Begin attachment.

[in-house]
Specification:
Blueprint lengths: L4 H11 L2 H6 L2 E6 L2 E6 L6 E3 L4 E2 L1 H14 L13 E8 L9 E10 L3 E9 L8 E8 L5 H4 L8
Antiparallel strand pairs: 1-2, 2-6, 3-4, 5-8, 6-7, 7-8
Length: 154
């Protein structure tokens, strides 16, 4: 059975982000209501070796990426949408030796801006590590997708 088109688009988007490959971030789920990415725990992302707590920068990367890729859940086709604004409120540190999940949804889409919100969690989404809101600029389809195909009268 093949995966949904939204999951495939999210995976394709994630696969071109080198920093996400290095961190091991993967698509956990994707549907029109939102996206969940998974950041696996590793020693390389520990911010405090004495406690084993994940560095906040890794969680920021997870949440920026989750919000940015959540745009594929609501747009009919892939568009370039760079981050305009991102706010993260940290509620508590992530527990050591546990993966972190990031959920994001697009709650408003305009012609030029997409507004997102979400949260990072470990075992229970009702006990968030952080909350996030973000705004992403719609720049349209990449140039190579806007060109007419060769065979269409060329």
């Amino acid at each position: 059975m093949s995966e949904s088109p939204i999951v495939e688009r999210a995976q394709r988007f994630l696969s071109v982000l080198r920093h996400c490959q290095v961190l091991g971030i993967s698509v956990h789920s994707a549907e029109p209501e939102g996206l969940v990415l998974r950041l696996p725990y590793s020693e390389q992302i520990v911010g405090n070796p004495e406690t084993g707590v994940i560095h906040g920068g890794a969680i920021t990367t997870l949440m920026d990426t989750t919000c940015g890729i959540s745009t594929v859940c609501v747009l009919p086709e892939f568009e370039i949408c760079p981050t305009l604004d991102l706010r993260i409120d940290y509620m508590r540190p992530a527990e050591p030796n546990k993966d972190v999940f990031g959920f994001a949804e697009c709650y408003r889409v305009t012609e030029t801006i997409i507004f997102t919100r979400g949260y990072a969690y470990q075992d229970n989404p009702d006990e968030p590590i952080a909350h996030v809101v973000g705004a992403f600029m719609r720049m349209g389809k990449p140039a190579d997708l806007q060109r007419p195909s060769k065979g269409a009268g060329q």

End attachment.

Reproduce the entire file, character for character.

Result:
[in-house]
Specification:
Blueprint lengths: L4 H11 L2 H6 L2 E6 L2 E6 L6 E3 L4 E2 L1 H14 L13 E8 L9 E10 L3 E9 L8 E8 L5 H4 L8
Antiparallel strand pairs: 1-2, 2-6, 3-4, 5-8, 6-7, 7-8
Length: 154
């Protein structure tokens, strides 16, 4: 059975982000209501070796990426949408030796801006590590997708 088109688009988007490959971030789920990415725990992302707590920068990367890729859940086709604004409120540190999940949804889409919100969690989404809101600029389809195909009268 093949995966949904939204999951495939999210995976394709994630696969071109080198920093996400290095961190091991993967698509956990994707549907029109939102996206969940998974950041696996590793020693390389520990911010405090004495406690084993994940560095906040890794969680920021997870949440920026989750919000940015959540745009594929609501747009009919892939568009370039760079981050305009991102706010993260940290509620508590992530527990050591546990993966972190990031959920994001697009709650408003305009012609030029997409507004997102979400949260990072470990075992229970009702006990968030952080909350996030973000705004992403719609720049349209990449140039190579806007060109007419060769065979269409060329």
């Amino acid at each position: 059975m093949s995966e949904s088109p939204i999951v495939e688009r999210a995976q394709r988007f994630l696969s071109v982000l080198r920093h996400c490959q290095v961190l091991g971030i993967s698509v956990h789920s994707a549907e029109p209501e939102g996206l969940v990415l998974r950041l696996p725990y590793s020693e390389q992302i520990v911010g405090n070796p004495e406690t084993g707590v994940i560095h906040g920068g890794a969680i920021t990367t997870l949440m920026d990426t989750t919000c940015g890729i959540s745009t594929v859940c609501v747009l009919p086709e892939f568009e370039i949408c760079p981050t305009l604004d991102l706010r993260i409120d940290y509620m508590r540190p992530a527990e050591p030796n546990k993966d972190v999940f990031g959920f994001a949804e697009c709650y408003r889409v305009t012609e030029t801006i997409i507004f997102t919100r979400g949260y990072a969690y470990q075992d229970n989404p009702d006990e968030p590590i952080a909350h996030v809101v973000g705004a992403f600029m719609r720049m349209g389809k990449p140039a190579d997708l806007q060109r007419p195909s060769k065979g269409a009268g060329q």